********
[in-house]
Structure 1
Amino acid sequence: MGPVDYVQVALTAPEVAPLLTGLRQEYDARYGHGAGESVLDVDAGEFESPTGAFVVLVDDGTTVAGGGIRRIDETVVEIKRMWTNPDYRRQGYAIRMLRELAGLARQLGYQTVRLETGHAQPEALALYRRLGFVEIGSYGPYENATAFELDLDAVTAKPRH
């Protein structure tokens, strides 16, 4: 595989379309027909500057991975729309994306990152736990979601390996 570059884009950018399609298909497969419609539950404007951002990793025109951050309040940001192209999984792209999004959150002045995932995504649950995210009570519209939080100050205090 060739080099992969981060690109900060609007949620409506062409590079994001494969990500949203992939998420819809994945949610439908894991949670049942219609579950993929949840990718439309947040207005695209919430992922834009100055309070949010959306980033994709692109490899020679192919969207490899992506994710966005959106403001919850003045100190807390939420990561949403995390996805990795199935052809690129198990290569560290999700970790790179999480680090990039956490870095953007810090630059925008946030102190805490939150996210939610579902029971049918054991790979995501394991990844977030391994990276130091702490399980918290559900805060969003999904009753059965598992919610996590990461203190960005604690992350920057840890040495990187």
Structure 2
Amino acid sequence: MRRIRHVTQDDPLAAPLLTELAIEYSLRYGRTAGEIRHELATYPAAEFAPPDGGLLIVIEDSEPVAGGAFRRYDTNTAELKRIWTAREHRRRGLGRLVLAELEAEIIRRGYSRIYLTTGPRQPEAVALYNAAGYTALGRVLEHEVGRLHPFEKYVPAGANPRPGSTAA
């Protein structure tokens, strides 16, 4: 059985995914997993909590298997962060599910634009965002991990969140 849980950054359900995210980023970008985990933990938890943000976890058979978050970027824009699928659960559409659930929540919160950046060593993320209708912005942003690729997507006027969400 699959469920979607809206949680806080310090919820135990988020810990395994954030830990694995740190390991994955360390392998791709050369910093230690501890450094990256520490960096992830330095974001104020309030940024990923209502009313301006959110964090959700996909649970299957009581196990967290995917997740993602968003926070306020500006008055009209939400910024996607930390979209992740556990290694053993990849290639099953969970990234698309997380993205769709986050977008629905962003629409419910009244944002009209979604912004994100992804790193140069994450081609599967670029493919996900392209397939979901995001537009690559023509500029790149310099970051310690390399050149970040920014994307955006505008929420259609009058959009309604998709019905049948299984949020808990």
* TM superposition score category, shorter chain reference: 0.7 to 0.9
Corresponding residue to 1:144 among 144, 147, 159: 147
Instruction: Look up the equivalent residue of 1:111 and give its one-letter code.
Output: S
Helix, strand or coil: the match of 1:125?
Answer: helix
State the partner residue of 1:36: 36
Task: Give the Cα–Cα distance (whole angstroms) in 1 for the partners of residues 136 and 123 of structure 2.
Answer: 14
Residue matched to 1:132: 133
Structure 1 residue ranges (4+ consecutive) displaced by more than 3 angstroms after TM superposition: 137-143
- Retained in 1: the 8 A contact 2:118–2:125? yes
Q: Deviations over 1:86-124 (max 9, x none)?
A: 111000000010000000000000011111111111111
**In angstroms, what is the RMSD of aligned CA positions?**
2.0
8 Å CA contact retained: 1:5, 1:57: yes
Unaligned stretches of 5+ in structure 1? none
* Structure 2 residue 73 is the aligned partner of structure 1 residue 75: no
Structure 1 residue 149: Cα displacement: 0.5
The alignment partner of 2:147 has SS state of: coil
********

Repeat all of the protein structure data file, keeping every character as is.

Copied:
[in-house]
Structure 1
Amino acid sequence: MGPVDYVQVALTAPEVAPLLTGLRQEYDARYGHGAGESVLDVDAGEFESPTGAFVVLVDDGTTVAGGGIRRIDETVVEIKRMWTNPDYRRQGYAIRMLRELAGLARQLGYQTVRLETGHAQPEALALYRRLGFVEIGSYGPYENATAFELDLDAVTAKPRH
């Protein structure tokens, strides 16, 4: 595989379309027909500057991975729309994306990152736990979601390996 570059884009950018399609298909497969419609539950404007951002990793025109951050309040940001192209999984792209999004959150002045995932995504649950995210009570519209939080100050205090 060739080099992969981060690109900060609007949620409506062409590079994001494969990500949203992939998420819809994945949610439908894991949670049942219609579950993929949840990718439309947040207005695209919430992922834009100055309070949010959306980033994709692109490899020679192919969207490899992506994710966005959106403001919850003045100190807390939420990561949403995390996805990795199935052809690129198990290569560290999700970790790179999480680090990039956490870095953007810090630059925008946030102190805490939150996210939610579902029971049918054991790979995501394991990844977030391994990276130091702490399980918290559900805060969003999904009753059965598992919610996590990461203190960005604690992350920057840890040495990187």
Structure 2
Amino acid sequence: MRRIRHVTQDDPLAAPLLTELAIEYSLRYGRTAGEIRHELATYPAAEFAPPDGGLLIVIEDSEPVAGGAFRRYDTNTAELKRIWTAREHRRRGLGRLVLAELEAEIIRRGYSRIYLTTGPRQPEAVALYNAAGYTALGRVLEHEVGRLHPFEKYVPAGANPRPGSTAA
């Protein structure tokens, strides 16, 4: 059985995914997993909590298997962060599910634009965002991990969140 849980950054359900995210980023970008985990933990938890943000976890058979978050970027824009699928659960559409659930929540919160950046060593993320209708912005942003690729997507006027969400 699959469920979607809206949680806080310090919820135990988020810990395994954030830990694995740190390991994955360390392998791709050369910093230690501890450094990256520490960096992830330095974001104020309030940024990923209502009313301006959110964090959700996909649970299957009581196990967290995917997740993602968003926070306020500006008055009209939400910024996607930390979209992740556990290694053993990849290639099953969970990234698309997380993205769709986050977008629905962003629409419910009244944002009209979604912004994100992804790193140069994450081609599967670029493919996900392209397939979901995001537009690559023509500029790149310099970051310690390399050149970040920014994307955006505008929420259609009058959009309604998709019905049948299984949020808990």
* TM superposition score category, shorter chain reference: 0.7 to 0.9
Corresponding residue to 1:144 among 144, 147, 159: 147
Instruction: Look up the equivalent residue of 1:111 and give its one-letter code.
Output: S
Helix, strand or coil: the match of 1:125?
Answer: helix
State the partner residue of 1:36: 36
Task: Give the Cα–Cα distance (whole angstroms) in 1 for the partners of residues 136 and 123 of structure 2.
Answer: 14
Residue matched to 1:132: 133
Structure 1 residue ranges (4+ consecutive) displaced by more than 3 angstroms after TM superposition: 137-143
- Retained in 1: the 8 A contact 2:118–2:125? yes
Q: Deviations over 1:86-124 (max 9, x none)?
A: 111000000010000000000000011111111111111
**In angstroms, what is the RMSD of aligned CA positions?**
2.0
8 Å CA contact retained: 1:5, 1:57: yes
Unaligned stretches of 5+ in structure 1? none
* Structure 2 residue 73 is the aligned partner of structure 1 residue 75: no
Structure 1 residue 149: Cα displacement: 0.5
The alignment partner of 2:147 has SS state of: coil